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Craig Laban’s Top 5 Restaurants in Philly: Vetri, Bibou, Zahav and…

Craig Laban pic Craig Laban’s Top 5 Restaurants in Philly: Vetri, Bibou, Zahav and…The 5 Four Bells…

Compiled by Matt Goldstein

With the flack Le Bec Fin has taken over the last few years and the recent comments by Philadelphia’s top food critic, Craig Laban, the former #1 restaurant in the country has changed management with George Perrier stepping down in favor of Nicolas Fanucci, general manager of Napa Valley’s French Laundry.  With all the competition in Philadelphia and a younger crowd moving into the fine dining scene, many new restaurants in Philadelphia can compete with the best restaurants in the country.  There are now 5 restaurants in Philadelphia that hold Craig Laban’s top honor Four Bells: Vetri, Zahav, Bibou, Talula’s Table, and Fountain Restaurant.  Vetri and Bibou also make the top 5 restaurants in Philadelphia Magazine while the Fountain Restaurant makes the Top 10.

Marc Vetri is officially the new king of Philadelphia with Osteria, Amis, Vetri and a new Italian gastro pub called Birreria 600, opening soon.

Source: Foobooz,



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The Capital Grill Wagyu Pot Roast

Capital Grill Wagyu Pot Roast The Capital Grill Wagyu Pot RoastBy Executive Chef Jim Nuetzi

There are few dishes more red, white and blue than pot roast. It’s been a staple in American dining rooms since, well, since there’s been an America. So the question is, can a classic be improved upon and still remain a classic? Executive Chef Jim Nuetzi’s delicious recipe calls for many of the traditional ingredients that give pot roast its iconic flavor, but proposes elevating the main ingredient to exceptionally high quality Wagyu beef. Yes, Wagyu can be expensive, but using the blade cut is an economical way to enjoy it. The rich marbling really shines through in the blade roast, and creates an incredibly tender roast that is classic enough to satisfy family tradition, and elegant enough to impress guests. (Some grocery stores require advance ordering for Wagyu beef, but specialty butchers will always have Wagyu available.)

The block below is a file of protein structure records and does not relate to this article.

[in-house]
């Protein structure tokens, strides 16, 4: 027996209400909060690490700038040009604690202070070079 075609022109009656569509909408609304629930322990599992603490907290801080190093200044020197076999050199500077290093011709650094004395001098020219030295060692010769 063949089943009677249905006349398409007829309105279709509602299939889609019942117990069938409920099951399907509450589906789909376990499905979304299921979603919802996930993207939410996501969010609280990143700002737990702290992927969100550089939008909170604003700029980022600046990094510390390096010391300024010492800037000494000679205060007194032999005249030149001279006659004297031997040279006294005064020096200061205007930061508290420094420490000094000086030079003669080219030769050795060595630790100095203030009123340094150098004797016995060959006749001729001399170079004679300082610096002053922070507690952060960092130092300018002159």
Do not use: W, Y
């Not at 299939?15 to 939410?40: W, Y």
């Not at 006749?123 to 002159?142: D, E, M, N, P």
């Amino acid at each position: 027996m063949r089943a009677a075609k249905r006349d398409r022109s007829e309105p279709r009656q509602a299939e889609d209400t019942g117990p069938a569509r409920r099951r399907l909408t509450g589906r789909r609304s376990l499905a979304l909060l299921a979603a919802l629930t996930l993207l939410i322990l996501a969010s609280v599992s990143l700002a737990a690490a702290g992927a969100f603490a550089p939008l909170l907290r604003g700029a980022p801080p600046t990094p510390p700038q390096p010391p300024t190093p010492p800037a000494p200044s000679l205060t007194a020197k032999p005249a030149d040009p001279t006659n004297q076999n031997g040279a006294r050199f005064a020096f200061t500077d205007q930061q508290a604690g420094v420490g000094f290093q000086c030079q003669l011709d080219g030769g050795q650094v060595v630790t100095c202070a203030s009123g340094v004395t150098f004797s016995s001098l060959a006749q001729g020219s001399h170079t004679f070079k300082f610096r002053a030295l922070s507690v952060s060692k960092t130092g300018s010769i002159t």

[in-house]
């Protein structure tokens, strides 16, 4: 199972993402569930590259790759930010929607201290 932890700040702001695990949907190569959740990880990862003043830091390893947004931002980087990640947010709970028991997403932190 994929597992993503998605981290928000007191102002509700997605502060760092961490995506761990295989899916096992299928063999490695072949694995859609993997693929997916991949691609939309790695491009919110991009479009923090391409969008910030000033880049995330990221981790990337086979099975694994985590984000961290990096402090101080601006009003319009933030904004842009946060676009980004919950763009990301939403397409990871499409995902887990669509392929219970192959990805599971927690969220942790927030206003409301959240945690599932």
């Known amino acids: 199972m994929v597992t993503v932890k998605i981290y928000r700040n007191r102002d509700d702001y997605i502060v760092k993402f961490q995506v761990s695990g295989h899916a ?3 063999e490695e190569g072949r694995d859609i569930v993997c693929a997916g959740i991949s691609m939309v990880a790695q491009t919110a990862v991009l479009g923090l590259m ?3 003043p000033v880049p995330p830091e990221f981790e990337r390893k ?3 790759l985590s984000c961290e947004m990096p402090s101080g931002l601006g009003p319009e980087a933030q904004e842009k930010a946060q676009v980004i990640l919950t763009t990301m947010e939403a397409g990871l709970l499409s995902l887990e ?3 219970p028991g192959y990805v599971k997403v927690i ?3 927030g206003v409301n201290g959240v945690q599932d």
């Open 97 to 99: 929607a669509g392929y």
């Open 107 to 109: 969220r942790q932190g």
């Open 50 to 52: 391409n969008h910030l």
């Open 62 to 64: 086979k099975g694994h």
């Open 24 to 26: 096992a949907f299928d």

Ingredients(Serves 4-6)               

Wagyu Blade Roast         3 lbs

Kosher Salt         1 Tbsp

Olive Oil, Blended            2 Tbsp

Onions, Medium Spanish             2 each

Carrots, large     2 each

Granulated Sugar             1 tsp

Tomato Paste    1 Tbsp

White Wine        1 1/2 Cups

Beef Stock, prepared     1 1/2 Cups

Fresh Thyme                      2 Sprigs

Smoked Paprika               1 tsp

Bay Leaf               1 each

Dijon Mustard   2 Tbsp

Fresh Bread Crumbs       1/4 Cup

Italian Parsley, Chopped               3 Tbsp

Chopped Hazelnuts        2 Tbsp

White Soy           2 tsp

Sherry Vinegar  2 tsp


Heat the oven to 275°F.

Peel the carrots and onions. Dice into 1/2”sized pieces.

Season the blade roast all over with 1-1/2 tsp of the kosher salt.

Heat a large heavy Dutch oven with the blended oil to the smoke point over medium high heat and sear the roast until deep brown, approximately 4 minutes on each side.

Removed seared roast, reduce the heat to medium low, and add the onions and carrots. Coat the vegetables well with the drippings/oil and season with the remaining salt and sugar.

Cook the vegetables over medium low heat, stirring frequently for 30 minutes.

Stir in the tomato paste and cook, stirring frequently for an additional 10 minutes.

Deglaze the pan with the white wine and scrape up any browned bits off the bottom of the pan. Bring the wine to a boil.

Add the beef stock, thyme, paprika, bay leaf, and Dijon Mustard, whisk well to combine.

Return the seared roast to the pan. Cover tightly and place in the pre-heated oven.